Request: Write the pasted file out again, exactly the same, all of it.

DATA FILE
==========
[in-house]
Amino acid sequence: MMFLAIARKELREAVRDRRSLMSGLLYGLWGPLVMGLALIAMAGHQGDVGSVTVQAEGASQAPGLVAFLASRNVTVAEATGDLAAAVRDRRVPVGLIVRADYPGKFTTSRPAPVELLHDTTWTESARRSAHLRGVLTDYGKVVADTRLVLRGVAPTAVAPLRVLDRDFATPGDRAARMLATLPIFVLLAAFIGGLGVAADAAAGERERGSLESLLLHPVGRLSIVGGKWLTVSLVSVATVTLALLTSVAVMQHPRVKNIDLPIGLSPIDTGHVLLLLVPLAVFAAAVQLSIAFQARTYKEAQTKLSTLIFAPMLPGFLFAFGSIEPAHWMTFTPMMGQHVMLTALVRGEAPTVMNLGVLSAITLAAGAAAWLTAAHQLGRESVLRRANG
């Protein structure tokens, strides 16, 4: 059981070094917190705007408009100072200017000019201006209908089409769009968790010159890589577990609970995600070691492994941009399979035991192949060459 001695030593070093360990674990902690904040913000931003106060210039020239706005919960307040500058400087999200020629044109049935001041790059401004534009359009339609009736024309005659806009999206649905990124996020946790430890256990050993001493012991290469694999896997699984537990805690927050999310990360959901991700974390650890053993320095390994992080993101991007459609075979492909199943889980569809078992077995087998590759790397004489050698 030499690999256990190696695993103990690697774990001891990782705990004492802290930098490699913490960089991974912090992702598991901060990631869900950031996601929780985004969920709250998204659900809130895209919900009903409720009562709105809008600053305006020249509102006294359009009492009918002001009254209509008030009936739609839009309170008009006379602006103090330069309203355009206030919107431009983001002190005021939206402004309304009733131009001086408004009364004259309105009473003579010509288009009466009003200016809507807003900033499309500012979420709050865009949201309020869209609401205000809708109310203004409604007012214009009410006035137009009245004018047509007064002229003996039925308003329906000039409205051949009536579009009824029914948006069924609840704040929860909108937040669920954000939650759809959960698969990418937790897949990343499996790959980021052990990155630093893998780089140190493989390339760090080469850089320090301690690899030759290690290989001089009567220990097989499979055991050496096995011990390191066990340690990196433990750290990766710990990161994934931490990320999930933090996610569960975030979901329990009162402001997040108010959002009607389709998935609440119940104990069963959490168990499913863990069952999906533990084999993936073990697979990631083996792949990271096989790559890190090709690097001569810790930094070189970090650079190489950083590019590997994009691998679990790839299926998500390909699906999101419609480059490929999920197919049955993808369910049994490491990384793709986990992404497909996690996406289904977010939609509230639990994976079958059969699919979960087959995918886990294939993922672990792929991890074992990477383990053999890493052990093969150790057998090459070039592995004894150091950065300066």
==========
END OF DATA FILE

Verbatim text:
[in-house]
Amino acid sequence: MMFLAIARKELREAVRDRRSLMSGLLYGLWGPLVMGLALIAMAGHQGDVGSVTVQAEGASQAPGLVAFLASRNVTVAEATGDLAAAVRDRRVPVGLIVRADYPGKFTTSRPAPVELLHDTTWTESARRSAHLRGVLTDYGKVVADTRLVLRGVAPTAVAPLRVLDRDFATPGDRAARMLATLPIFVLLAAFIGGLGVAADAAAGERERGSLESLLLHPVGRLSIVGGKWLTVSLVSVATVTLALLTSVAVMQHPRVKNIDLPIGLSPIDTGHVLLLLVPLAVFAAAVQLSIAFQARTYKEAQTKLSTLIFAPMLPGFLFAFGSIEPAHWMTFTPMMGQHVMLTALVRGEAPTVMNLGVLSAITLAAGAAAWLTAAHQLGRESVLRRANG
């Protein structure tokens, strides 16, 4: 059981070094917190705007408009100072200017000019201006209908089409769009968790010159890589577990609970995600070691492994941009399979035991192949060459 001695030593070093360990674990902690904040913000931003106060210039020239706005919960307040500058400087999200020629044109049935001041790059401004534009359009339609009736024309005659806009999206649905990124996020946790430890256990050993001493012991290469694999896997699984537990805690927050999310990360959901991700974390650890053993320095390994992080993101991007459609075979492909199943889980569809078992077995087998590759790397004489050698 030499690999256990190696695993103990690697774990001891990782705990004492802290930098490699913490960089991974912090992702598991901060990631869900950031996601929780985004969920709250998204659900809130895209919900009903409720009562709105809008600053305006020249509102006294359009009492009918002001009254209509008030009936739609839009309170008009006379602006103090330069309203355009206030919107431009983001002190005021939206402004309304009733131009001086408004009364004259309105009473003579010509288009009466009003200016809507807003900033499309500012979420709050865009949201309020869209609401205000809708109310203004409604007012214009009410006035137009009245004018047509007064002229003996039925308003329906000039409205051949009536579009009824029914948006069924609840704040929860909108937040669920954000939650759809959960698969990418937790897949990343499996790959980021052990990155630093893998780089140190493989390339760090080469850089320090301690690899030759290690290989001089009567220990097989499979055991050496096995011990390191066990340690990196433990750290990766710990990161994934931490990320999930933090996610569960975030979901329990009162402001997040108010959002009607389709998935609440119940104990069963959490168990499913863990069952999906533990084999993936073990697979990631083996792949990271096989790559890190090709690097001569810790930094070189970090650079190489950083590019590997994009691998679990790839299926998500390909699906999101419609480059490929999920197919049955993808369910049994490491990384793709986990992404497909996690996406289904977010939609509230639990994976079958059969699919979960087959995918886990294939993922672990792929991890074992990477383990053999890493052990093969150790057998090459070039592995004894150091950065300066």